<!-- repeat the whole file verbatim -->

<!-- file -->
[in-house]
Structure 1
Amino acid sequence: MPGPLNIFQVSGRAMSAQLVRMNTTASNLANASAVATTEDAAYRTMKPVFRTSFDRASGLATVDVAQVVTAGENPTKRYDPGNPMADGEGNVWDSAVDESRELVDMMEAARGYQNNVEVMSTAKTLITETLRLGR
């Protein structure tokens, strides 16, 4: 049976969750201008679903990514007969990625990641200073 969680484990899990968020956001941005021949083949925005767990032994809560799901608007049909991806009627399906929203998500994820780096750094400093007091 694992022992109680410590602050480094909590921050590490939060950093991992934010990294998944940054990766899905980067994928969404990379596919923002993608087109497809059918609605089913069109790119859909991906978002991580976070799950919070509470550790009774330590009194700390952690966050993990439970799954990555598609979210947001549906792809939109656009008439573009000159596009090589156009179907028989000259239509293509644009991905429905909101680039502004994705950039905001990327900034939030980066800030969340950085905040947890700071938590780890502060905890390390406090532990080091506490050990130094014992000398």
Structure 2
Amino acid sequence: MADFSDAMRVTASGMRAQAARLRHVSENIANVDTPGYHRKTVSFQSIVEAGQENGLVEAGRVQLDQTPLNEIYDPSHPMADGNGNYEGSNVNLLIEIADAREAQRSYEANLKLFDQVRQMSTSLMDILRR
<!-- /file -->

[in-house]
Structure 1
Amino acid sequence: MPGPLNIFQVSGRAMSAQLVRMNTTASNLANASAVATTEDAAYRTMKPVFRTSFDRASGLATVDVAQVVTAGENPTKRYDPGNPMADGEGNVWDSAVDESRELVDMMEAARGYQNNVEVMSTAKTLITETLRLGR
């Protein structure tokens, strides 16, 4: 049976969750201008679903990514007969990625990641200073 969680484990899990968020956001941005021949083949925005767990032994809560799901608007049909991806009627399906929203998500994820780096750094400093007091 694992022992109680410590602050480094909590921050590490939060950093991992934010990294998944940054990766899905980067994928969404990379596919923002993608087109497809059918609605089913069109790119859909991906978002991580976070799950919070509470550790009774330590009194700390952690966050993990439970799954990555598609979210947001549906792809939109656009008439573009000159596009090589156009179907028989000259239509293509644009991905429905909101680039502004994705950039905001990327900034939030980066800030969340950085905040947890700071938590780890502060905890390390406090532990080091506490050990130094014992000398």
Structure 2
Amino acid sequence: MADFSDAMRVTASGMRAQAARLRHVSENIANVDTPGYHRKTVSFQSIVEAGQENGLVEAGRVQLDQTPLNEIYDPSHPMADGNGNYEGSNVNLLIEIADAREAQRSYEANLKLFDQVRQMSTSLMDILRR